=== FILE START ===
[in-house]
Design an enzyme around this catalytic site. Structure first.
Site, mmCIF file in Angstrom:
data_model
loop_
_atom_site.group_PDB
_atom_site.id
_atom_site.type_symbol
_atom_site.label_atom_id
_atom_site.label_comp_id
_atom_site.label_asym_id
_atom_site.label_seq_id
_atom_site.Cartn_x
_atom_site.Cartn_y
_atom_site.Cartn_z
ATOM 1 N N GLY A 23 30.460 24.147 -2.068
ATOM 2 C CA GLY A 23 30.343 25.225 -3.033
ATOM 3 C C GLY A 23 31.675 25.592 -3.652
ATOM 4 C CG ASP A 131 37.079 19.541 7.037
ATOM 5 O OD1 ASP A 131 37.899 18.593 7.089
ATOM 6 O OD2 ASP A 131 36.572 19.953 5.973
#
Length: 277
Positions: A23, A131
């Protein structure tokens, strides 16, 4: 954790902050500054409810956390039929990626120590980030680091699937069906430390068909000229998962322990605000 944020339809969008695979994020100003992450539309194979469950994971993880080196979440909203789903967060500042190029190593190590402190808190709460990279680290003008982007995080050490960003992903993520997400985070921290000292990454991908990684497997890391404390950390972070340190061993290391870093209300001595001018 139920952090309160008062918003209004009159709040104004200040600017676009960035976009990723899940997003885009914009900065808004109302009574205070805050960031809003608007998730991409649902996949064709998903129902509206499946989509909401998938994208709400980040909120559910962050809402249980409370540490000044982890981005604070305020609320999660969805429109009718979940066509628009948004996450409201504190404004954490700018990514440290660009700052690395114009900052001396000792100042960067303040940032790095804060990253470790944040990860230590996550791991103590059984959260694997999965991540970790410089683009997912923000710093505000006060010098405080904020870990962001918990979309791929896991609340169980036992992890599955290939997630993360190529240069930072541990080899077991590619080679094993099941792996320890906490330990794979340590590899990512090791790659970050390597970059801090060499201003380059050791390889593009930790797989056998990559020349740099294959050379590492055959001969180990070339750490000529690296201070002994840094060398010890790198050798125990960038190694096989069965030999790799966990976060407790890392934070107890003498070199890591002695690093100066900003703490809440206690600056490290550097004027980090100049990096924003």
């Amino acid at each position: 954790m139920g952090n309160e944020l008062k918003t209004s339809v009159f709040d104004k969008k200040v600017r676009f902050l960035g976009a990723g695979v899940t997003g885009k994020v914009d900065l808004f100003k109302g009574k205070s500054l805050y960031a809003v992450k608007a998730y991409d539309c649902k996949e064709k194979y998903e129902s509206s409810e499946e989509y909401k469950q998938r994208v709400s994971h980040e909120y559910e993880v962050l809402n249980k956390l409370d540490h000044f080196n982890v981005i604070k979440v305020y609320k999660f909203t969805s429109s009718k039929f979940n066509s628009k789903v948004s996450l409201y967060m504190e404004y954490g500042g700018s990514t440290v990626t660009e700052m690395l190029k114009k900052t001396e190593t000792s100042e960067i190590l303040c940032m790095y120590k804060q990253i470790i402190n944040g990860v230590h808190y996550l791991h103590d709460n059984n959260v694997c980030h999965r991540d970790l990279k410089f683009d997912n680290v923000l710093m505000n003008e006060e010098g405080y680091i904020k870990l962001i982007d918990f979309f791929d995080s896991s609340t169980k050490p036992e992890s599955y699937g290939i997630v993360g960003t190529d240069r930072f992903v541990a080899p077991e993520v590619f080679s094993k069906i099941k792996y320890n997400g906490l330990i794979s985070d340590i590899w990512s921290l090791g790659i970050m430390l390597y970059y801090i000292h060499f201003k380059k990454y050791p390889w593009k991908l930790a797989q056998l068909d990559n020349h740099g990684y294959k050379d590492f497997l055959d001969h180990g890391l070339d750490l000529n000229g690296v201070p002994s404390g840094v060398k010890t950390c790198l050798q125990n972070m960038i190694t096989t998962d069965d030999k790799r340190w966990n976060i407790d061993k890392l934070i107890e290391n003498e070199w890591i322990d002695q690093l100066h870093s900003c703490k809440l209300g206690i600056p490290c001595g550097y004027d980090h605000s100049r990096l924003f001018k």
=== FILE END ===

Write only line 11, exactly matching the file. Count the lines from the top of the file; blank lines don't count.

_atom_site.label_asym_id